A technicolor mix of action and intrigue, The Professional (1981) is a twisty French romp flavored with odd spaghetti western atmosphere. Josselin Beaumont (Jean-Paul Belmondo) is an agent of the secret service, sent to Africa to commit a political assassination. Changes in the corridors of French power, however, scuttle the mission while it’s still in progress — and Beaumont is served up on a plate to the target nation. He survives mind control drugs, a show trial, and two years of captivity in a hard labor camp before managing to escape. Beaumont returns to Paris with a chip on his shoulder, determined to embarrass the masters who sold him out by completing the assignment they canceled — killing his original target, who is now on French soil for a diplomatic visit. To make it more interesting, he lets them know of his intentions, just to prove how adeptly he can outmaneuver them.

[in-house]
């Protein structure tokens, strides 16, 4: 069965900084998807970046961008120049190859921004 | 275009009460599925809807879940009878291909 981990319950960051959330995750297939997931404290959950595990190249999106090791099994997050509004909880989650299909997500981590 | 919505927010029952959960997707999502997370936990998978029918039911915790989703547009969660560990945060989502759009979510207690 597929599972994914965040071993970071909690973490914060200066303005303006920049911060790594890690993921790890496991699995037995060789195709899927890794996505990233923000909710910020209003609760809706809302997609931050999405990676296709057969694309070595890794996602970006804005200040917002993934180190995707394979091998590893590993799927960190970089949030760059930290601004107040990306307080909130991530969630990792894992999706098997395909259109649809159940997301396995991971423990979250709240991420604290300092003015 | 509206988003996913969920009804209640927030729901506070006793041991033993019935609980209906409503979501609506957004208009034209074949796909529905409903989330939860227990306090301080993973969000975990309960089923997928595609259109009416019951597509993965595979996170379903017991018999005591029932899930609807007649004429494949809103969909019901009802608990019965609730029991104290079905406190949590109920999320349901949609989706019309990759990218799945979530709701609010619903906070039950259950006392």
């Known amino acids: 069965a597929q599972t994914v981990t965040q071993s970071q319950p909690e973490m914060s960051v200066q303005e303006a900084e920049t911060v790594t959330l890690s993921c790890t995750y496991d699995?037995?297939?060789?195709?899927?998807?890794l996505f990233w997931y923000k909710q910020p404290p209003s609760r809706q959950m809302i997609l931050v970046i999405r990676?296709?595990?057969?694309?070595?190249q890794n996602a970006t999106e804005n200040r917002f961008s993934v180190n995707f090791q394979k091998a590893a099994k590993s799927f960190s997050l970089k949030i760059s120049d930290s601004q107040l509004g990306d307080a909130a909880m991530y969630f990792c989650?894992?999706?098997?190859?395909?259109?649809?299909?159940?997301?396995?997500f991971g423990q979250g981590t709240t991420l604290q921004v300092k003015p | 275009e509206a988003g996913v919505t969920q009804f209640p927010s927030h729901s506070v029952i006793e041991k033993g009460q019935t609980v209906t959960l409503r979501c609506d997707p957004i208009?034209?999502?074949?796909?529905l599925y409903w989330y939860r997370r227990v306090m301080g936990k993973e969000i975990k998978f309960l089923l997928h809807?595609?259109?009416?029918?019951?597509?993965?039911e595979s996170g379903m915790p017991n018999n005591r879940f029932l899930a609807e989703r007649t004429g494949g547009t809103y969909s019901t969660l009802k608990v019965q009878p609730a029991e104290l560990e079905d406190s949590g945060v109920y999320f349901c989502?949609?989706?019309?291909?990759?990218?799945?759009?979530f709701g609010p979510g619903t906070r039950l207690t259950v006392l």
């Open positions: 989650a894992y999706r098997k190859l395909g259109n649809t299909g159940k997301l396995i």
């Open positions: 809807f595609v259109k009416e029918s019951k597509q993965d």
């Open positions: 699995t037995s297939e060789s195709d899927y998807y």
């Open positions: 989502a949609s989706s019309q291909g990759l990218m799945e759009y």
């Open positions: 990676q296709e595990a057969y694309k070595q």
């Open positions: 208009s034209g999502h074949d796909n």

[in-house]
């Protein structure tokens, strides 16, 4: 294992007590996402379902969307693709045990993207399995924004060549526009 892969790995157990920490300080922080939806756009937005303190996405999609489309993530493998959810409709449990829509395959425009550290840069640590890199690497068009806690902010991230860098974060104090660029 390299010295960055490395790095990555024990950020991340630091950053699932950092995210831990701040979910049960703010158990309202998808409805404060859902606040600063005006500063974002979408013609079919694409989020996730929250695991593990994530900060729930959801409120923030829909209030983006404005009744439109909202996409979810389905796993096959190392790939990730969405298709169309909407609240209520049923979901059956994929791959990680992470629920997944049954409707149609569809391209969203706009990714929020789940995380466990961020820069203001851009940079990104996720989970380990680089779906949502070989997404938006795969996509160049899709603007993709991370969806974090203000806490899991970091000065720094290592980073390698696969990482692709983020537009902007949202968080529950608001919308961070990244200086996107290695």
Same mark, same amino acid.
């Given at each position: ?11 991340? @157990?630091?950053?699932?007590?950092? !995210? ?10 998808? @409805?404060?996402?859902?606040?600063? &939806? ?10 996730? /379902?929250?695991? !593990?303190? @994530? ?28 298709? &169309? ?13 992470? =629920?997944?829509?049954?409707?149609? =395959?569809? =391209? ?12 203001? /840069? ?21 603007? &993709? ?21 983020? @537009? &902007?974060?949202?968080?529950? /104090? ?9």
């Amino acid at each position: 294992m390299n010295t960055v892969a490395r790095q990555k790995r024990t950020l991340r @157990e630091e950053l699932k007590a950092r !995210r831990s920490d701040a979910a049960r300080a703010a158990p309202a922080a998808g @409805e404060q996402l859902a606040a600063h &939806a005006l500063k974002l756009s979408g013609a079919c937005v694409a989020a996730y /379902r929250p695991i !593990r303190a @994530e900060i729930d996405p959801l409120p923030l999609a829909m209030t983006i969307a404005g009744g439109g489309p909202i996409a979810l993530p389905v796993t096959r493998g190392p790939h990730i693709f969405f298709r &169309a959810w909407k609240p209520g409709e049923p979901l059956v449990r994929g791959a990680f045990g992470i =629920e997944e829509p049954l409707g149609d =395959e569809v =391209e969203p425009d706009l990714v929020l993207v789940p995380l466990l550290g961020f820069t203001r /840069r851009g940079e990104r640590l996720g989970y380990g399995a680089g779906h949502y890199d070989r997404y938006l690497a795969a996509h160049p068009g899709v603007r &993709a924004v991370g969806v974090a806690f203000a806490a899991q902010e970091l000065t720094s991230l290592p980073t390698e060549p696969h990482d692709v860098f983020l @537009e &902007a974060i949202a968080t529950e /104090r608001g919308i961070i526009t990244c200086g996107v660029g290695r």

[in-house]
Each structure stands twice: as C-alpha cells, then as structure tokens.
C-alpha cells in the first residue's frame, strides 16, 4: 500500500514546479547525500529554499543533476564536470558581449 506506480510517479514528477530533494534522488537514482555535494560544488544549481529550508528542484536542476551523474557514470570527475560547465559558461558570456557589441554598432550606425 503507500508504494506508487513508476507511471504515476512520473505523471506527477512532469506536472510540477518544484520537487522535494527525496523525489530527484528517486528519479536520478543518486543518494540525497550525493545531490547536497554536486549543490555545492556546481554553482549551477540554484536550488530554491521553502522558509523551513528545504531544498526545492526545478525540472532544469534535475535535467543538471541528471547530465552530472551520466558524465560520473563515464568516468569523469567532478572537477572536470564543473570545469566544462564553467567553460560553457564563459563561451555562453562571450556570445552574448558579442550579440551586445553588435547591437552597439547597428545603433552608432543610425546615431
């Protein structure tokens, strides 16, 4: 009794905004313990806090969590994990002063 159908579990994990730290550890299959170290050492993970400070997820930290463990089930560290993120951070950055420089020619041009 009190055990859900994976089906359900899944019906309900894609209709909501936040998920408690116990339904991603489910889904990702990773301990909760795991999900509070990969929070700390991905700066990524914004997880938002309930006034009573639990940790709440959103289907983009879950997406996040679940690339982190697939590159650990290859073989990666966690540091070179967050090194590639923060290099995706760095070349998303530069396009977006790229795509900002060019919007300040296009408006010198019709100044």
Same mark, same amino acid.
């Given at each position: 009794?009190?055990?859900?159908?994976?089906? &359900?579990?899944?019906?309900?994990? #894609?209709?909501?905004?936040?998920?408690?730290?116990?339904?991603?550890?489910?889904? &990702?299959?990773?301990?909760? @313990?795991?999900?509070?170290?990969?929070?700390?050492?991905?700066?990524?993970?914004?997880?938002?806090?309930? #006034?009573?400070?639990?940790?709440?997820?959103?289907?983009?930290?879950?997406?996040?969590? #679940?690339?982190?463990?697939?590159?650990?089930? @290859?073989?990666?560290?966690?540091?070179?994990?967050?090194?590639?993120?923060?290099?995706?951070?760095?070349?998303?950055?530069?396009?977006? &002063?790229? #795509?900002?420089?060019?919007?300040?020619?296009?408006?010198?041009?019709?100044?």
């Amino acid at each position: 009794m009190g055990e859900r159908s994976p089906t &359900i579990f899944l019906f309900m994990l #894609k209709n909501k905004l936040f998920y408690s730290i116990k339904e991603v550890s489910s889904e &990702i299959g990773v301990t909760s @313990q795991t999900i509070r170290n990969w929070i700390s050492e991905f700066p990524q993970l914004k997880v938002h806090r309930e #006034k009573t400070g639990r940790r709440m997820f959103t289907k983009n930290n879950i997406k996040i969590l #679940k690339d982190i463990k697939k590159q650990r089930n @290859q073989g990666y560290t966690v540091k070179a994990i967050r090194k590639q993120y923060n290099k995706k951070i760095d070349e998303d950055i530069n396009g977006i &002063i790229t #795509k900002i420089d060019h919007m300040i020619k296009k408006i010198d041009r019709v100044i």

Ultimately this one is pretty empty, but it’s also stylish and clever, mostly clicking along despite an odd tone halfway between moody, nihilistic New Wave and Sam Peckinpah-like action-fest. Beaumont is your quintessential superspy, running circles around his enemies and charming every lady in his path, but slightly more interesting than a smug Bond-type thanks to his reckless, death wish approach to his mission. It’s unevenly paced, a bit dated, and far too high up the list in my estimation, but it’s also diverting and colorful spy camp, worth a look for buffs.